Will We Have Any Privacy After the Big Data Revolution?


TIME

Does the rise of big data mean the downfall of privacy? Mobile technologies now allow companies to map our every physical move, while our online activity is tracked click by click. Throughout 2014, BuzzFeed’s quizzes convinced millions of users to divulge seemingly private responses to a host of deeply personal questions. Although BuzzFeed claimed to mine only the larger trends of aggregate data, identifiable, personalized information could still be passed on to data brokers for a profit.

But the big data revolution also benefits individuals who give up some of their privacy. In January of this year, President Obama formed a Big Data and Privacy Working Group that decided big data was saving lives and saving taxpayer dollars, while also recommending new policies to govern big data practices. How much privacy do we really need? In advance of the Zócalo event “Does Corporate America Know Too Much About You?

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5 Skills of Power and How You Can Learn to Use Them


ideas.ted.com

Eric Liu is on a mission to make civics “as sexy as it was during the American Revolution or the Civil Rights Movement.” As he describes in today’s TED Talk (watch: Why ordinary people need to understand power), we are at a moment of crisis in the United States. The average person simply doesn’t know how to participate in local government, and this means that clout is disproportionately concentrated in the hands of the few who do. Liu’s solution to this imbalance? That we teach everyone the basic skills of power.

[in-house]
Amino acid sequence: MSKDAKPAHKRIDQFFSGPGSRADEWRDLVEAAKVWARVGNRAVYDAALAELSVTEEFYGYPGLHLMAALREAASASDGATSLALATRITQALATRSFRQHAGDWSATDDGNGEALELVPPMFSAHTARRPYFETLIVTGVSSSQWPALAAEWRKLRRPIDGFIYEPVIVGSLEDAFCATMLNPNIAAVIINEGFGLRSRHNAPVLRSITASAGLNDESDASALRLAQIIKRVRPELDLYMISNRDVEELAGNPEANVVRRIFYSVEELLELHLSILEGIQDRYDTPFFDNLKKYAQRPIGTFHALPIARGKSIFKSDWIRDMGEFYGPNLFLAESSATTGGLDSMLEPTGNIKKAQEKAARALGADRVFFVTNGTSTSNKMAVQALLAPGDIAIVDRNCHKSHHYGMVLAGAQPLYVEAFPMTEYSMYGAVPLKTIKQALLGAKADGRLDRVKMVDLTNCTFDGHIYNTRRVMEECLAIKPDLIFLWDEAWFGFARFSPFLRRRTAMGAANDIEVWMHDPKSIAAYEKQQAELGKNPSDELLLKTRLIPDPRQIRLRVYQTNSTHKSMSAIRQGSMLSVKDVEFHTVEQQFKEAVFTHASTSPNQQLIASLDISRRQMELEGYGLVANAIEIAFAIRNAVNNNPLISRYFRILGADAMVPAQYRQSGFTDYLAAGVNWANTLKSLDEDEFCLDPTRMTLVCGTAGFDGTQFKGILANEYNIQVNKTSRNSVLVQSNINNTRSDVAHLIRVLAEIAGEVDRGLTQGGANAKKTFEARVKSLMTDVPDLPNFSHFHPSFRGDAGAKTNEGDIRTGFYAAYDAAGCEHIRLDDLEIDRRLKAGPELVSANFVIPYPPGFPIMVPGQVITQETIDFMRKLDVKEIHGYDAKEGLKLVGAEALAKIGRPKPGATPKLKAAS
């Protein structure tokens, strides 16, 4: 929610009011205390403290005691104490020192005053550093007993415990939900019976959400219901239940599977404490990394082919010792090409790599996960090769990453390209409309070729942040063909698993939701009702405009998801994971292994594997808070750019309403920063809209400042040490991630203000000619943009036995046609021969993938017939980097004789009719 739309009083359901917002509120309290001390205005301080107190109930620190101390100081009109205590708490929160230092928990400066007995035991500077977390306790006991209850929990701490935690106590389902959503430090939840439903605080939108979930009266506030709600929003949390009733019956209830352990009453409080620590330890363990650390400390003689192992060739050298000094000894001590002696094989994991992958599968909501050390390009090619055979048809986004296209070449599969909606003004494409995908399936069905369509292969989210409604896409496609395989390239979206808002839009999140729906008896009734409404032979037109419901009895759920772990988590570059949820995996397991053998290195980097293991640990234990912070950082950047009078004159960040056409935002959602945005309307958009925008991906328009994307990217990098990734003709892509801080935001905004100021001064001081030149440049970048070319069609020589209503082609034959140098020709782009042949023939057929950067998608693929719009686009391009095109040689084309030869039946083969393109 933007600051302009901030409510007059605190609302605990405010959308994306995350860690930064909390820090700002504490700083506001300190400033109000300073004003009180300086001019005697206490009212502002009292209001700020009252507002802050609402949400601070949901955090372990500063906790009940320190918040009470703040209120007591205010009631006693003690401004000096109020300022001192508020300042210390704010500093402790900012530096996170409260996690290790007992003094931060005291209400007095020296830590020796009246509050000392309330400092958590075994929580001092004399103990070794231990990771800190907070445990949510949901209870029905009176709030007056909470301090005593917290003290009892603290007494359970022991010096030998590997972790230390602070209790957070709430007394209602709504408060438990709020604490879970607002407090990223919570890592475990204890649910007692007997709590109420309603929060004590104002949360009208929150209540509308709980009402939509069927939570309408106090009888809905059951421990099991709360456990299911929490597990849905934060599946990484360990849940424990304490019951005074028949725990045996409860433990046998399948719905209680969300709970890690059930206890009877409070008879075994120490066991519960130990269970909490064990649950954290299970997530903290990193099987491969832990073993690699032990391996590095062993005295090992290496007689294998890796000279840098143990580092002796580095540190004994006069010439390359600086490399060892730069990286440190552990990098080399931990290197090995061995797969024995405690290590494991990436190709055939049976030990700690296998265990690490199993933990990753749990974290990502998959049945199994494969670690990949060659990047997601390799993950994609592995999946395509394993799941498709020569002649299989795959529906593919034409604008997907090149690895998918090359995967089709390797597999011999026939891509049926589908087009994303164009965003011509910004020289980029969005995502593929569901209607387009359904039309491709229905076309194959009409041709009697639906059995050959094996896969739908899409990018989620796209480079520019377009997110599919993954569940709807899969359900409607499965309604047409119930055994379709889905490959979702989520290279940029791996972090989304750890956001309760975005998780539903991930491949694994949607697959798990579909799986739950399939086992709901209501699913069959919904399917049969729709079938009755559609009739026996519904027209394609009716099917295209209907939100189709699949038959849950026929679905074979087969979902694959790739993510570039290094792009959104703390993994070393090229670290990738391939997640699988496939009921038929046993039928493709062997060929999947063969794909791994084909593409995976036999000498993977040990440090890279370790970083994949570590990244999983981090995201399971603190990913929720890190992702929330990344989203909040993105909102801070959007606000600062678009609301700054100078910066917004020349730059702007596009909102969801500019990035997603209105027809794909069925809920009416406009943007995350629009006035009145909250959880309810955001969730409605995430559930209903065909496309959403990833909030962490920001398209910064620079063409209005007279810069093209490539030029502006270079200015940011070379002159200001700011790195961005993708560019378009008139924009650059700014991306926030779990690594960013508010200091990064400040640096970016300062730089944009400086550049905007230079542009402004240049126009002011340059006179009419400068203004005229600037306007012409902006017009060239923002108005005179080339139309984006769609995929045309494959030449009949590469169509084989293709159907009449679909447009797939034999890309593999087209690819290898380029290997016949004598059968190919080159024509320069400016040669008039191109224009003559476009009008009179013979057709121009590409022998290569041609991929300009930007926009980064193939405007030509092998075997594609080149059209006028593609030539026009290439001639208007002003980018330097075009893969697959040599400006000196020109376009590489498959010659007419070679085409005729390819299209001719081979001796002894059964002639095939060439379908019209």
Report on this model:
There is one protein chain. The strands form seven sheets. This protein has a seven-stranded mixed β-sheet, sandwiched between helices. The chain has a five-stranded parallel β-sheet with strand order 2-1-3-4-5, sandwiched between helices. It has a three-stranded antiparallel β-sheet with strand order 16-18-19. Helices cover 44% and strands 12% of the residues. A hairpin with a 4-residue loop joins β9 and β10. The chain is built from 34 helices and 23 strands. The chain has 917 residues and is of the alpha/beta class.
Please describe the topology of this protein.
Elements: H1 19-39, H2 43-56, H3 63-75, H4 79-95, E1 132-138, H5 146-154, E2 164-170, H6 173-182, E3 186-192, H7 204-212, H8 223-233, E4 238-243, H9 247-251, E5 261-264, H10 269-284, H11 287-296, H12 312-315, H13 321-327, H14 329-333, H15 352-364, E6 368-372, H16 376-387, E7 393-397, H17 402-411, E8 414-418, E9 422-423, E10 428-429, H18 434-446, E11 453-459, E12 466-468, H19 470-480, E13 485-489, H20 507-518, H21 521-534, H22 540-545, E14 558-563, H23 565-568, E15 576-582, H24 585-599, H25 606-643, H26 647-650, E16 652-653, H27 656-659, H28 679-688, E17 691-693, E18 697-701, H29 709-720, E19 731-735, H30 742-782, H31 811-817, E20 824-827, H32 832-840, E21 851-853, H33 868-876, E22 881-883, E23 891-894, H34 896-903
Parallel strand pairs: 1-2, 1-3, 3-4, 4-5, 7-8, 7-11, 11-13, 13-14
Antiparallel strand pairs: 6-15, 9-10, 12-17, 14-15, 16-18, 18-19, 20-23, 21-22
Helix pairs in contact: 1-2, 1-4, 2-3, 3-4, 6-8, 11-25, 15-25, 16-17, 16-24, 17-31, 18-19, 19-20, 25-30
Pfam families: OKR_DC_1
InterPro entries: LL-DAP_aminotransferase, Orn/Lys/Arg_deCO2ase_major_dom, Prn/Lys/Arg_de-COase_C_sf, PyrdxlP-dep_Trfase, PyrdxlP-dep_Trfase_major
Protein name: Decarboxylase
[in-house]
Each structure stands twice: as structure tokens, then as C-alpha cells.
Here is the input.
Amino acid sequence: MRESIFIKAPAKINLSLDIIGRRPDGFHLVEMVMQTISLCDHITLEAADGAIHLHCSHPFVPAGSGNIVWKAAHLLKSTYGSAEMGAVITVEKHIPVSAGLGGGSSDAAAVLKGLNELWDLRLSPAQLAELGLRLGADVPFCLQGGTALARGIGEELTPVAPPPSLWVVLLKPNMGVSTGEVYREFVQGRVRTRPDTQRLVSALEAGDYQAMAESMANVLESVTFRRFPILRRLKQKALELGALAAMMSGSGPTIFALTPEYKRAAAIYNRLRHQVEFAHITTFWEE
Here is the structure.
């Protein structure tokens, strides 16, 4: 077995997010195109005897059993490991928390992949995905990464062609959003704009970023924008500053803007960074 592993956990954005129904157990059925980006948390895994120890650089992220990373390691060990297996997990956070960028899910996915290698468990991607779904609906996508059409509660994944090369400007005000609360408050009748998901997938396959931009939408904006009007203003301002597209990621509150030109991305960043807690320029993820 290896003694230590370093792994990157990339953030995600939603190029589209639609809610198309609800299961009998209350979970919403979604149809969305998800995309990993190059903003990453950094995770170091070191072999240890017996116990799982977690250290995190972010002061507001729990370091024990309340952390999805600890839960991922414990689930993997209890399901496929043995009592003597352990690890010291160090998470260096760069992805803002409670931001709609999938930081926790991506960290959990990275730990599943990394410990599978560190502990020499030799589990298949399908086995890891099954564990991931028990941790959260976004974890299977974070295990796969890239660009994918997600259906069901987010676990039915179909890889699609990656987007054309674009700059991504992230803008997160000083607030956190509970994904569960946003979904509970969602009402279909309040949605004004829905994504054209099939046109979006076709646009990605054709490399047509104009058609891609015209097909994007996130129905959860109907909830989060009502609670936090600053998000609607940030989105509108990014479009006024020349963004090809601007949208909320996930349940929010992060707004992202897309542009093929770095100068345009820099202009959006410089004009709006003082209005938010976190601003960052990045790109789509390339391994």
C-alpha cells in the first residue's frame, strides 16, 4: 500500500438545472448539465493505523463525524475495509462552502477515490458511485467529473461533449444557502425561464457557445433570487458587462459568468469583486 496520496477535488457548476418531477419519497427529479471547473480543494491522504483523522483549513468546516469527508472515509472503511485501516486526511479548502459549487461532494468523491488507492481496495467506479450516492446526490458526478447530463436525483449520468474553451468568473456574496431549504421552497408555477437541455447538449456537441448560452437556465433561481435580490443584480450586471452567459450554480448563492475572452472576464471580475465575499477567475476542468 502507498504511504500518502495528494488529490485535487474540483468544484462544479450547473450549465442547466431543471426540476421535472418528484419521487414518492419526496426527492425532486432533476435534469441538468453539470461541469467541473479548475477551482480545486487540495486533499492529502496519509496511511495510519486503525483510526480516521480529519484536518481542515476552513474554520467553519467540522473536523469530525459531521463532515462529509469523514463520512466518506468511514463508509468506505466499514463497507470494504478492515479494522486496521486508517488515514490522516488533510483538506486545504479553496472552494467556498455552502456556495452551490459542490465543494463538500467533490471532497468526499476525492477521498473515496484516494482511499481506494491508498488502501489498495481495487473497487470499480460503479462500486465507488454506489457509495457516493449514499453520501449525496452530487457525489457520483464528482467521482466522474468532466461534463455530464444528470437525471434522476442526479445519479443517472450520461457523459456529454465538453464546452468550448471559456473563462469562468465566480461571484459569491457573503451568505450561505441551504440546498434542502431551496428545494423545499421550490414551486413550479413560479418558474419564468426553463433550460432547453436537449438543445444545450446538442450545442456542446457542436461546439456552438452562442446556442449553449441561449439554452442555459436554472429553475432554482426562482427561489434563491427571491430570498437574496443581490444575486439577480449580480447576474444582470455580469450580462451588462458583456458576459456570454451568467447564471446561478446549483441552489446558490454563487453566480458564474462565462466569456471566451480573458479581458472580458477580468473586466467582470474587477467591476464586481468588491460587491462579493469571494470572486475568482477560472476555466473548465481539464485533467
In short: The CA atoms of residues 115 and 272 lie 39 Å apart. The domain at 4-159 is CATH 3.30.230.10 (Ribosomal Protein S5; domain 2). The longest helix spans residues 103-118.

As the people of Ferguson, Missouri, stand up against police brutality, the topic of how to take back civic power is on many minds. Through Citizen University, Liu is creating a shared curriculum of power that will be available soon. In the meantime, he offers up several basic skills it will include, to help anyone interested in influencing change right now.

Skill #1: Understand the system.

“Before you…

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